May 2006
Volume 47, Issue 13
ARVO Annual Meeting Abstract  |   May 2006
Impact of the Screening Environment on Vision Screening: Results From the Phase II of the Vision in Preschoolers (VIP) Study
Author Affiliations & Notes
  • A. Baumritter
    Ophthalmology, Scheie Eye Institute, University of Pennsylvania, Philadelphia, PA
  • The Vision in Preschoolers Study Group
    Ophthalmology, Scheie Eye Institute, University of Pennsylvania, Philadelphia, PA
  • Footnotes
    Commercial Relationships  A. Baumritter, None.
  • Footnotes
    Support  NEI, NIH, DHHS: U10EY12534, U10EY12545, U10EY12547, U10EY12550, U10EY12644, U10EY12647, U10EY12648
Investigative Ophthalmology & Visual Science May 2006, Vol.47, 694. doi:
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      A. Baumritter, The Vision in Preschoolers Study Group; Impact of the Screening Environment on Vision Screening: Results From the Phase II of the Vision in Preschoolers (VIP) Study . Invest. Ophthalmol. Vis. Sci. 2006;47(13):694.

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      © ARVO (1962-2015); The Authors (2016-present)

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Purpose: : To describe the environmental conditions encountered when performing vision screening in Head Start Centers, and to assess the impact of these conditions on vision screening.

Methods: : During Phase II of the VIP Study, screening was conducted at 78 Head Start sites. After formal training and certification, 16 nurse screeners (NS) and 17 lay screeners (LS) completed vision screening on 1541 children between 3 and 5 years of age enrolled in Head Start programs. The battery of tests included: Lea Symbols visual acuity (VA) test, Stereo Smile II test, Retinomax Autorefractor and SureSight Vision Screener. Time in minutes to complete each test was recorded. The characteristics of each screening setting, including adequacy of space, light conditions, level of noise and other environmental distractions were summarized daily by the Project Coordinators using a standardized reporting form. Basic summary statistics, Chi–Square, Fisher’s Exact and Wilcoxon Rank Sum–tests were performed to identify significant differences between administering VIP testing under different environmental conditions.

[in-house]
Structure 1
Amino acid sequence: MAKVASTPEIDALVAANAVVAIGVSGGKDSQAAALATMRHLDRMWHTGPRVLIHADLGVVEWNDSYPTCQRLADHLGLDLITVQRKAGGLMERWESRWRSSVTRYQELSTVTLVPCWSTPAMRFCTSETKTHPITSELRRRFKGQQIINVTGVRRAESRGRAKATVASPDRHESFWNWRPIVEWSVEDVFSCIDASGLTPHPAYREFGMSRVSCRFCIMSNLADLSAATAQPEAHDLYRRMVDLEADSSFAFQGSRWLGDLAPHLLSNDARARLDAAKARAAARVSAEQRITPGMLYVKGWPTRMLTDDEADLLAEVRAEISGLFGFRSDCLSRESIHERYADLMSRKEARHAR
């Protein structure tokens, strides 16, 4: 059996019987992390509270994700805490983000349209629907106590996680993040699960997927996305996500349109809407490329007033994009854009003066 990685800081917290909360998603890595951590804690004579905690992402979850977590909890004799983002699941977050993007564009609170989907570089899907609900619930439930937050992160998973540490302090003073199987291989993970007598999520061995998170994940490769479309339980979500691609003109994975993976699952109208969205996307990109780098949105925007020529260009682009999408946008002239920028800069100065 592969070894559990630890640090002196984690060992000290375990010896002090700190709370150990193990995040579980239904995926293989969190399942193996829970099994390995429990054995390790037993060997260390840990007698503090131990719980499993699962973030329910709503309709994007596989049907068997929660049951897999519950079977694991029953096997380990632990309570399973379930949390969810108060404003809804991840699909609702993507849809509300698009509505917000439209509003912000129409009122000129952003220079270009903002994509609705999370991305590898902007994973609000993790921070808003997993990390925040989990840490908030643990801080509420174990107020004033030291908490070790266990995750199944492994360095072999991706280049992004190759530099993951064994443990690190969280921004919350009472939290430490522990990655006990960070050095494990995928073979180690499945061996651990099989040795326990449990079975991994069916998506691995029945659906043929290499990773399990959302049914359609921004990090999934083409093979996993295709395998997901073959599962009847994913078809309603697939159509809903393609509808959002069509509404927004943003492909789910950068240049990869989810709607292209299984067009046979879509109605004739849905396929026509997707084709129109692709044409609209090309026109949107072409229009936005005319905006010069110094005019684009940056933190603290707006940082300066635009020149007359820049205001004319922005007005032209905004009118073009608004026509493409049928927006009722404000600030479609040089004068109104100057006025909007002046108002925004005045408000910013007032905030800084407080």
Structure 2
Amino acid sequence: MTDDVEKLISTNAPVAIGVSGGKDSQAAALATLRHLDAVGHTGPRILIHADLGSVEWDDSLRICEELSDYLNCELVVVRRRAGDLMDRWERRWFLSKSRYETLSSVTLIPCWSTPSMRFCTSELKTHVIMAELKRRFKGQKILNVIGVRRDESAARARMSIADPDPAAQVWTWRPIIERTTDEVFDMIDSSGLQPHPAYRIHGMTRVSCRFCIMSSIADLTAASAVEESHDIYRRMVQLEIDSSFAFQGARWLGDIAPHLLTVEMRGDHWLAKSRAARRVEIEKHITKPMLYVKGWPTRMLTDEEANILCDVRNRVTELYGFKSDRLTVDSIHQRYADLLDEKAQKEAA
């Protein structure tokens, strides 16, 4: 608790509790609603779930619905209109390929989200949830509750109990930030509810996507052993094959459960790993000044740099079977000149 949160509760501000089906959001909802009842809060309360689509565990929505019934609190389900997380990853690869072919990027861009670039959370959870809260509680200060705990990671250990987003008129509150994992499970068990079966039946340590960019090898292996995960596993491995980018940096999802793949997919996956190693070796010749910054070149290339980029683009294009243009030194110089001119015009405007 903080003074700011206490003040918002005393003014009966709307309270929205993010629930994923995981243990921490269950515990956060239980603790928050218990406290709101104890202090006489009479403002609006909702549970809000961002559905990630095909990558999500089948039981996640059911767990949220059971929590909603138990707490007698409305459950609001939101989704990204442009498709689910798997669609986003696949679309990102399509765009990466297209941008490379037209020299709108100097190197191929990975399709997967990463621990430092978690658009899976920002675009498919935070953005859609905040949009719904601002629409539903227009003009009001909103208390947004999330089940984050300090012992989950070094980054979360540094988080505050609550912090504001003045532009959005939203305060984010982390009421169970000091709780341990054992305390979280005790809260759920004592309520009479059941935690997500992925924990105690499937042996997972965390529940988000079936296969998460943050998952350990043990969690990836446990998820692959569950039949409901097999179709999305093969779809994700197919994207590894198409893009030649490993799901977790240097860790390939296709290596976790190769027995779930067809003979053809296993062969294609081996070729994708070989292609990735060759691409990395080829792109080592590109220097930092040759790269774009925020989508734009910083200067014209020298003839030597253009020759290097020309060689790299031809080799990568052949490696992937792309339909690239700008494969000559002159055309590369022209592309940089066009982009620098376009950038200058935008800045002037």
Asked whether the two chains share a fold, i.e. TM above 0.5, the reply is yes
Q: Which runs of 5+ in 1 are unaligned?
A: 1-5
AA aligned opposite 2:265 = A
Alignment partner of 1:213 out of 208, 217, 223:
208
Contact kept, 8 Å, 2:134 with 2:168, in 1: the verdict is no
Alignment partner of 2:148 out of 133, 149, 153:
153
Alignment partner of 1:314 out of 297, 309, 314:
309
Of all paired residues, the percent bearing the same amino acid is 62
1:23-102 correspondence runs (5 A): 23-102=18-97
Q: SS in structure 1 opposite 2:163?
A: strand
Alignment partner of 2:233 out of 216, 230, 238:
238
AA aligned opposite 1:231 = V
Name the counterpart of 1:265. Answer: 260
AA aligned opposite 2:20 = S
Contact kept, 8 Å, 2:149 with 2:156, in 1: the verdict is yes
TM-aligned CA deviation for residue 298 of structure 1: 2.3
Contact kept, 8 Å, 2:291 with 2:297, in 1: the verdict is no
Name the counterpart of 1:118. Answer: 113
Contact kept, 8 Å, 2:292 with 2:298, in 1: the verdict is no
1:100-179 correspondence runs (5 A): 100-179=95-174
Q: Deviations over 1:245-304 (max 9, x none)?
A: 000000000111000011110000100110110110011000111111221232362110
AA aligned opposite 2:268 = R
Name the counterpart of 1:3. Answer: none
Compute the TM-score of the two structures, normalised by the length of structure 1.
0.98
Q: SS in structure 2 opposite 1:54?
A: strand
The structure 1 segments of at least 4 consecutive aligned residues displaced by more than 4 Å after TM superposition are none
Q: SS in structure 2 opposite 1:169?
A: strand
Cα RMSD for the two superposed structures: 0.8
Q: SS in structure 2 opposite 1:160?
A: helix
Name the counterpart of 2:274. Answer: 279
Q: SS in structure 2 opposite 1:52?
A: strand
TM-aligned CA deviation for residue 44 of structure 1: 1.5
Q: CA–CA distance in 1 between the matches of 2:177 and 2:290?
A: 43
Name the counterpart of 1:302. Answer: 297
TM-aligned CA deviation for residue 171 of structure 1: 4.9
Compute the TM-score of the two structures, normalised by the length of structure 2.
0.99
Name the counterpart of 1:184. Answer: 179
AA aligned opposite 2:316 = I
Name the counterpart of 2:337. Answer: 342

Results: : No significant differences were found between NS and LS with respect to the location, layout and conditions at the screening stations and time required to complete the tests. Most (86%) of the screening was conducted in a gym or other multipurpose room, library, lunchroom, office or classroom, but hallways open to traffic needed to be used in some cases (14%). The screening area was shared with other Head Start activities in 21% of settings. The level of distractions was rated major to severe in 16% of settings. The percentage of children unable to perform the test did not differ by the level of distraction for any of the screening tests. Mean time required to complete testing was greater in settings with no or low distractions vs. major or severe distractions (12.4 min vs. 11.8 min; p= 0.006). Tests requiring more cooperation from the child, Lea Symbols VA (4.2 min vs. 4.0 min; p= 0.02) and Stereo Smile (2.9 min vs. 2.7 min; p= 0.11) did not take longer with distractions, nor did the SureSight (2.6 min vs. 2.4 min; p= 0.13) which uses an auditory signal.

Conclusions: : Adverse environmental conditions (pedestrian traffic, noise or other distractions) had no adverse effect on child’s ability to perform vision screening or time required to complete testing. These results suggest that vision screening can be successfully carried out by trained personnel in a "real world" environment where distractions may be present.

Keywords: screening for ambylopia and strabismus 

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